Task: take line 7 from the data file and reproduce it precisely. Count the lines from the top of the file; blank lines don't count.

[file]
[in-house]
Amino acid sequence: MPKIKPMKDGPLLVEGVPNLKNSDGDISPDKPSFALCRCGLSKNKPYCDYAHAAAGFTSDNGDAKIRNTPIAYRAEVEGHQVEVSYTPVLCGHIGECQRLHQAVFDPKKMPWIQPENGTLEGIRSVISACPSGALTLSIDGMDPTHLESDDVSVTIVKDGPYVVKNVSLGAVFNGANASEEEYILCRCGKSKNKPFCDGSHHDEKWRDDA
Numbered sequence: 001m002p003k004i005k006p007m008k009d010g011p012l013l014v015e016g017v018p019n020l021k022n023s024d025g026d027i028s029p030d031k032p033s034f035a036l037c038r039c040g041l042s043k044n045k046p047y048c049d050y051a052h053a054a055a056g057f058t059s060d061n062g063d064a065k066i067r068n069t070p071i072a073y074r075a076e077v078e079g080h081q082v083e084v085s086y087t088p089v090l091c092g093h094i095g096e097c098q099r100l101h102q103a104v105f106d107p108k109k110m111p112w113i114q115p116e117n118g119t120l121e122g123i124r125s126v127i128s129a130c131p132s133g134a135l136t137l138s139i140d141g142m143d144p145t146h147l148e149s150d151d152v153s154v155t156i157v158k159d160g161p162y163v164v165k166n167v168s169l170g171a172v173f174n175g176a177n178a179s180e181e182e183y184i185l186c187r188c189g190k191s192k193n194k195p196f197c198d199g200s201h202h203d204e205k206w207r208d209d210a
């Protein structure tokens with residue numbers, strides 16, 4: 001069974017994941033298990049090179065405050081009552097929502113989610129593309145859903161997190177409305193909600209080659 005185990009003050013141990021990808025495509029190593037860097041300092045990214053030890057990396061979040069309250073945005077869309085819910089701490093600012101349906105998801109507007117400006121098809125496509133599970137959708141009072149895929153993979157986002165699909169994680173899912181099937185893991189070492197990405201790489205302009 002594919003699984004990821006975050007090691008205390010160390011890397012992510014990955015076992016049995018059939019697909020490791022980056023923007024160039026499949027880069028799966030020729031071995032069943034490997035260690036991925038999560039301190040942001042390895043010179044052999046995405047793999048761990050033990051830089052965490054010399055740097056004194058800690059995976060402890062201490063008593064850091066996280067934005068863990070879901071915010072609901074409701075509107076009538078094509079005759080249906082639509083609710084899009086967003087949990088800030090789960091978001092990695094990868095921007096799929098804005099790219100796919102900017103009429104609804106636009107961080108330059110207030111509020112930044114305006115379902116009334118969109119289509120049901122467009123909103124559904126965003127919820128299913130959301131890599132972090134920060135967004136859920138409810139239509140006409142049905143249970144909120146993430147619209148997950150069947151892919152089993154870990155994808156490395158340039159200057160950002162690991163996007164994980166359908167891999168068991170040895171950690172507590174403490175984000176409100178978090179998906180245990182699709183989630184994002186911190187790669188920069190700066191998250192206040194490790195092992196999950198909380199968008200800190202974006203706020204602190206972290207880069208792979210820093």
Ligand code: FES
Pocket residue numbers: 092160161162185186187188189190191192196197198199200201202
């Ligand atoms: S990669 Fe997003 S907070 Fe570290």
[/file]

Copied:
């Ligand atoms: S990669 Fe997003 S907070 Fe570290």